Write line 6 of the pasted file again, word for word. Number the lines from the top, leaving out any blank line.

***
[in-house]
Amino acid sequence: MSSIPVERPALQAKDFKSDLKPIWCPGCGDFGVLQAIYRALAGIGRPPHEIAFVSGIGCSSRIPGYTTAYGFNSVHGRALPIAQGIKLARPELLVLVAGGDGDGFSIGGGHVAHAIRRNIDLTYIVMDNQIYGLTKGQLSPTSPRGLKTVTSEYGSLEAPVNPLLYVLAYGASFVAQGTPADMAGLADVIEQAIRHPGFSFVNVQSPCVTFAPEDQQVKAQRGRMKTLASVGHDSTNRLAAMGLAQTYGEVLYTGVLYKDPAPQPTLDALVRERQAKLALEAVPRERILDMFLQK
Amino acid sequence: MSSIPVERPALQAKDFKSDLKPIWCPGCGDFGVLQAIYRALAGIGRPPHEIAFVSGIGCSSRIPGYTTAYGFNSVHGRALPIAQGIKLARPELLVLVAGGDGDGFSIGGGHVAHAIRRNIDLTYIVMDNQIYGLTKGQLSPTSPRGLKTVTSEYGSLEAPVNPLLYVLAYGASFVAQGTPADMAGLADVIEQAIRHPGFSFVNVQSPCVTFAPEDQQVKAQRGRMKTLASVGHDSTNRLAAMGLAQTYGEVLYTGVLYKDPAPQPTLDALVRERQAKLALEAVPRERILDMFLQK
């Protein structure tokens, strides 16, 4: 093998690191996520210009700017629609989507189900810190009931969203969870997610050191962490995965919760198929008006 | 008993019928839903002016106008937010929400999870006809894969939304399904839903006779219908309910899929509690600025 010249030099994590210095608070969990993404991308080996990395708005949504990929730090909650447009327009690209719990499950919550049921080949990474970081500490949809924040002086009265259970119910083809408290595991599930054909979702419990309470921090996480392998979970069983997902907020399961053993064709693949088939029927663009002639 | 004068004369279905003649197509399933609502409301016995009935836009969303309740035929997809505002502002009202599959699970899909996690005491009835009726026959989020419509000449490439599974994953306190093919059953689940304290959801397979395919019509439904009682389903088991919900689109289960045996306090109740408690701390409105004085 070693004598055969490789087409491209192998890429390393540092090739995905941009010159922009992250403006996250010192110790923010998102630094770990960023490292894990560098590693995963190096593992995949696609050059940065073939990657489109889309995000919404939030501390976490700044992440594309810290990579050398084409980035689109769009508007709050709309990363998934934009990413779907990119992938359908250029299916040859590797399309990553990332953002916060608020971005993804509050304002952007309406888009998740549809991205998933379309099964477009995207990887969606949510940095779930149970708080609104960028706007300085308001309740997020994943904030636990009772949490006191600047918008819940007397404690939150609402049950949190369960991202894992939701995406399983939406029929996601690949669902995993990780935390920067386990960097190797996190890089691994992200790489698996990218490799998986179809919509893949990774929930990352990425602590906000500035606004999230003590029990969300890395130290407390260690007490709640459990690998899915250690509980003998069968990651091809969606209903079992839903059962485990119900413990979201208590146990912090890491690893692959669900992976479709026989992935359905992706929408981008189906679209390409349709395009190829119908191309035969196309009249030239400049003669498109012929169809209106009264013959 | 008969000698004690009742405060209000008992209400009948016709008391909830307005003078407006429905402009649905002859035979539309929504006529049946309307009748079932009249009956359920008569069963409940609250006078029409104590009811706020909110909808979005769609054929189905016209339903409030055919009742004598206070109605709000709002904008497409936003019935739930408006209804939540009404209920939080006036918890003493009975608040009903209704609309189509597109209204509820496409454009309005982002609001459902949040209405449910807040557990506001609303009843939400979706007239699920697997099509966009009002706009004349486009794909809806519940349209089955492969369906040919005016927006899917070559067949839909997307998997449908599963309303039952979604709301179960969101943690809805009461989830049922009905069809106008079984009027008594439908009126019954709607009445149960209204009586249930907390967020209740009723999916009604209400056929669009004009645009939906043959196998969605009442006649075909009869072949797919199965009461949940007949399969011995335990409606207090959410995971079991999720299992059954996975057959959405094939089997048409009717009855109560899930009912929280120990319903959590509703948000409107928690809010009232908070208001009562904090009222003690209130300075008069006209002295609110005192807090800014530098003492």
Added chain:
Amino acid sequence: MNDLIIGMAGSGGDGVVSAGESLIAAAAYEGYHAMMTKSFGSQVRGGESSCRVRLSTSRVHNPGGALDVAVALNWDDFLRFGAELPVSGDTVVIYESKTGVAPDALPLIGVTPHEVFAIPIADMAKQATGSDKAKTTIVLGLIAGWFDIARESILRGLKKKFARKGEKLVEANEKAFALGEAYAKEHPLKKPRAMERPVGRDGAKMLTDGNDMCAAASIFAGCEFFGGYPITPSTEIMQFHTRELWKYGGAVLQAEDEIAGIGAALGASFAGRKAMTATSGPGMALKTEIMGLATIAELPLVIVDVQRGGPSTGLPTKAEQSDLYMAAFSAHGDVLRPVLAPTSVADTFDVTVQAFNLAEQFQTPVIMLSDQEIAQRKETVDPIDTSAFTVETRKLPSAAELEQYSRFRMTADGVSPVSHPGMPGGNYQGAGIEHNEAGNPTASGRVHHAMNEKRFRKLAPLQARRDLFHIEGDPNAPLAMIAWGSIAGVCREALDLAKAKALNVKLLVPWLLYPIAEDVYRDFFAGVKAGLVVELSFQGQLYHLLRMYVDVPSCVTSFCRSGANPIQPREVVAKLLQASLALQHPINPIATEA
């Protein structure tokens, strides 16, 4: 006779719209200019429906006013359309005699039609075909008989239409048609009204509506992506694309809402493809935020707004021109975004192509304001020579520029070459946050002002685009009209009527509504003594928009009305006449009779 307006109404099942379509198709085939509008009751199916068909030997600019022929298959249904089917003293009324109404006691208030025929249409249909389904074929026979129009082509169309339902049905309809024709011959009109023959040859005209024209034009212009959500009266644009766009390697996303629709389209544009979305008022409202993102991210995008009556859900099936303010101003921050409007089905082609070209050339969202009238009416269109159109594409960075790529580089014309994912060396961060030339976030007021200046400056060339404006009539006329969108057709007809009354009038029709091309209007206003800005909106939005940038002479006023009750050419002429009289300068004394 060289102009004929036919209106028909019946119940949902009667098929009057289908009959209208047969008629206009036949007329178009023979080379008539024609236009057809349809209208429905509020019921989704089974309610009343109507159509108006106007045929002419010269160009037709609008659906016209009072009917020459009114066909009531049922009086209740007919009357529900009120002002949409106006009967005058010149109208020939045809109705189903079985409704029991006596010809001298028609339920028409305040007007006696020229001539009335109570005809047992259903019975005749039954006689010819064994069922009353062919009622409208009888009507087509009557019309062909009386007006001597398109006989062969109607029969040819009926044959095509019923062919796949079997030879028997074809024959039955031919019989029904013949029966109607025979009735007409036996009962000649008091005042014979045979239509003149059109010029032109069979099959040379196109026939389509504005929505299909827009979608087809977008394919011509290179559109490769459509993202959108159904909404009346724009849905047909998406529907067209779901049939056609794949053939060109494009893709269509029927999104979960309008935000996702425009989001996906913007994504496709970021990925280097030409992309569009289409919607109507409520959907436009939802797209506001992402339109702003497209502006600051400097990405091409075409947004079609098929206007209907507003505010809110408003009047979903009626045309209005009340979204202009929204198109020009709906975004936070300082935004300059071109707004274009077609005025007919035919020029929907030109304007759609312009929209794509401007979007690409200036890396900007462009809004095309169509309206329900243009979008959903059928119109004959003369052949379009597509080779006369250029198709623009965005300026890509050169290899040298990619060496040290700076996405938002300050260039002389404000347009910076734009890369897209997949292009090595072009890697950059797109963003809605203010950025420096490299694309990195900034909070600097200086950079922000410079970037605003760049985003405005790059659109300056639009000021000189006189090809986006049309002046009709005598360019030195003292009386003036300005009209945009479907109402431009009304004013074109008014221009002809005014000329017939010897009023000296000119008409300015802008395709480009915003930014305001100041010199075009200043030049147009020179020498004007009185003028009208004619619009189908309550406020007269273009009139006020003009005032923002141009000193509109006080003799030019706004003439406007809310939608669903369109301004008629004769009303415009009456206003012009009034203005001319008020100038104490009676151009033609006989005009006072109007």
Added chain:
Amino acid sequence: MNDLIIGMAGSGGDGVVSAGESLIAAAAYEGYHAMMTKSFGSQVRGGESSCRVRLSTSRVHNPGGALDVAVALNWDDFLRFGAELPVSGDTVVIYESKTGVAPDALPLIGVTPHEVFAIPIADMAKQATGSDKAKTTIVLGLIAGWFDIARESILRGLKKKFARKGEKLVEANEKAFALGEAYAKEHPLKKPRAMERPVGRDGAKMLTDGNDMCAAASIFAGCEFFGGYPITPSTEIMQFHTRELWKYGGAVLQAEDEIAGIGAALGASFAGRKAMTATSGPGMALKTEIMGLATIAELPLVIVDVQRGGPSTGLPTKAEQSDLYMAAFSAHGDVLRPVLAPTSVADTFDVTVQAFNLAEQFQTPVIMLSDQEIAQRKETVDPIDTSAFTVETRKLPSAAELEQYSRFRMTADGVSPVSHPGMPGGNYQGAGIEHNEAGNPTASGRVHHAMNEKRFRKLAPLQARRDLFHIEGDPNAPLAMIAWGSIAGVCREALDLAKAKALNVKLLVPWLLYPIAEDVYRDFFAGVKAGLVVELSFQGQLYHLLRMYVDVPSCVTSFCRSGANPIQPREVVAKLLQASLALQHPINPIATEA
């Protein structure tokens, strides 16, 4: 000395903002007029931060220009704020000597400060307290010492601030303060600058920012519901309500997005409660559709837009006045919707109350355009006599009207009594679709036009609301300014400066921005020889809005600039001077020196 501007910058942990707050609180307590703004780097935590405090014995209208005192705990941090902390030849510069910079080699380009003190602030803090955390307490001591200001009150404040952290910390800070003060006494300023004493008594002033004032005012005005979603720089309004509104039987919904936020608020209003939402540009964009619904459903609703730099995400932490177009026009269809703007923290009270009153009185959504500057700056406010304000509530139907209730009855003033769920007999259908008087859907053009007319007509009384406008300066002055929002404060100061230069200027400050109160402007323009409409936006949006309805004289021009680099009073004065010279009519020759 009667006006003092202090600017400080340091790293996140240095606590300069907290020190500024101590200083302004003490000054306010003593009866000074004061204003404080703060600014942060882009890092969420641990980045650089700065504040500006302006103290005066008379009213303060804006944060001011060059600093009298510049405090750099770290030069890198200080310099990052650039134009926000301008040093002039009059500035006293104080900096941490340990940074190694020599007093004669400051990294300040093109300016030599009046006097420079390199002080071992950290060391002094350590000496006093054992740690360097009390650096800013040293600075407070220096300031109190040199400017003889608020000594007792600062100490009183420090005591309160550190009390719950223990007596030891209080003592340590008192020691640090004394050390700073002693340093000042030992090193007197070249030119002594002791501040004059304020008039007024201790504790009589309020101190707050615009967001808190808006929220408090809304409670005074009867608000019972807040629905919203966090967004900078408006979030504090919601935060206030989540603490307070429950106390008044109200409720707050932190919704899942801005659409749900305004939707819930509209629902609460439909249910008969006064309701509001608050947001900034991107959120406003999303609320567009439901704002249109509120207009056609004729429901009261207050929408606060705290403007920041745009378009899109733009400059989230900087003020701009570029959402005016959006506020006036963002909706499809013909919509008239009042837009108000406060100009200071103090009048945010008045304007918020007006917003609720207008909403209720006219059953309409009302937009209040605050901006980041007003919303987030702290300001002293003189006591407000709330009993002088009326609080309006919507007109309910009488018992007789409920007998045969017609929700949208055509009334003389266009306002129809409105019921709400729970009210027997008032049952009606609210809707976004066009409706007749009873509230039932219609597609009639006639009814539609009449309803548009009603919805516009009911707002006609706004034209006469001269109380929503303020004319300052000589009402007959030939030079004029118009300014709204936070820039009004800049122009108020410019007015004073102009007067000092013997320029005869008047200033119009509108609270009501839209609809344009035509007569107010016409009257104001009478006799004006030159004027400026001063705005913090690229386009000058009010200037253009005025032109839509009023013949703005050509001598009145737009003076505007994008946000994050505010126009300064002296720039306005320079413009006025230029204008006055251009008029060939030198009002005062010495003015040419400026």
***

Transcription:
Amino acid sequence: MNDLIIGMAGSGGDGVVSAGESLIAAAAYEGYHAMMTKSFGSQVRGGESSCRVRLSTSRVHNPGGALDVAVALNWDDFLRFGAELPVSGDTVVIYESKTGVAPDALPLIGVTPHEVFAIPIADMAKQATGSDKAKTTIVLGLIAGWFDIARESILRGLKKKFARKGEKLVEANEKAFALGEAYAKEHPLKKPRAMERPVGRDGAKMLTDGNDMCAAASIFAGCEFFGGYPITPSTEIMQFHTRELWKYGGAVLQAEDEIAGIGAALGASFAGRKAMTATSGPGMALKTEIMGLATIAELPLVIVDVQRGGPSTGLPTKAEQSDLYMAAFSAHGDVLRPVLAPTSVADTFDVTVQAFNLAEQFQTPVIMLSDQEIAQRKETVDPIDTSAFTVETRKLPSAAELEQYSRFRMTADGVSPVSHPGMPGGNYQGAGIEHNEAGNPTASGRVHHAMNEKRFRKLAPLQARRDLFHIEGDPNAPLAMIAWGSIAGVCREALDLAKAKALNVKLLVPWLLYPIAEDVYRDFFAGVKAGLVVELSFQGQLYHLLRMYVDVPSCVTSFCRSGANPIQPREVVAKLLQASLALQHPINPIATEA